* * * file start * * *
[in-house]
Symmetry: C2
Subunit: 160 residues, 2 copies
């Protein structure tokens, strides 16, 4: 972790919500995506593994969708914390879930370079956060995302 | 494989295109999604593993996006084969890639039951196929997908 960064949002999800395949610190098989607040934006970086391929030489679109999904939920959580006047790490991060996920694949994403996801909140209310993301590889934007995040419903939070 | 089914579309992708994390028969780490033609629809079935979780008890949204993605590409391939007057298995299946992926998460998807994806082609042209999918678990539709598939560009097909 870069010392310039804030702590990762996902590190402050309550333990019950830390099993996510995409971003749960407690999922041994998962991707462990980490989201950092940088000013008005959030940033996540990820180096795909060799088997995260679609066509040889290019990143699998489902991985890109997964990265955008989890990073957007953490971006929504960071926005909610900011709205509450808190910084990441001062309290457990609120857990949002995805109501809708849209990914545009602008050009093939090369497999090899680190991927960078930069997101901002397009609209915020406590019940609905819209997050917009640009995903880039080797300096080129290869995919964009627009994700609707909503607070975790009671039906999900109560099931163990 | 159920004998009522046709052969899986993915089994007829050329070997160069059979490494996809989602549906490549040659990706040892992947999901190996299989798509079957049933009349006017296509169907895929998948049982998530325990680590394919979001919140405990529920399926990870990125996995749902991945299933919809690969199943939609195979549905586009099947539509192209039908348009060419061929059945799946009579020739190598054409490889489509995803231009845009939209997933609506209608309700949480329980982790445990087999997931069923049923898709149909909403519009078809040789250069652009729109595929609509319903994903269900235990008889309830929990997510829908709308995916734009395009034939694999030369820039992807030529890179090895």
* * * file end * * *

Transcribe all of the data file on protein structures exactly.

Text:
[in-house]
Symmetry: C2
Subunit: 160 residues, 2 copies
């Protein structure tokens, strides 16, 4: 972790919500995506593994969708914390879930370079956060995302 | 494989295109999604593993996006084969890639039951196929997908 960064949002999800395949610190098989607040934006970086391929030489679109999904939920959580006047790490991060996920694949994403996801909140209310993301590889934007995040419903939070 | 089914579309992708994390028969780490033609629809079935979780008890949204993605590409391939007057298995299946992926998460998807994806082609042209999918678990539709598939560009097909 870069010392310039804030702590990762996902590190402050309550333990019950830390099993996510995409971003749960407690999922041994998962991707462990980490989201950092940088000013008005959030940033996540990820180096795909060799088997995260679609066509040889290019990143699998489902991985890109997964990265955008989890990073957007953490971006929504960071926005909610900011709205509450808190910084990441001062309290457990609120857990949002995805109501809708849209990914545009602008050009093939090369497999090899680190991927960078930069997101901002397009609209915020406590019940609905819209997050917009640009995903880039080797300096080129290869995919964009627009994700609707909503607070975790009671039906999900109560099931163990 | 159920004998009522046709052969899986993915089994007829050329070997160069059979490494996809989602549906490549040659990706040892992947999901190996299989798509079957049933009349006017296509169907895929998948049982998530325990680590394919979001919140405990529920399926990870990125996995749902991945299933919809690969199943939609195979549905586009099947539509192209039908348009060419061929059945799946009579020739190598054409490889489509995803231009845009939209997933609506209608309700949480329980982790445990087999997931069923049923898709149909909403519009078809040789250069652009729109595929609509319903994903269900235990008889309830929990997510829908709308995916734009395009034939694999030369820039992807030529890179090895």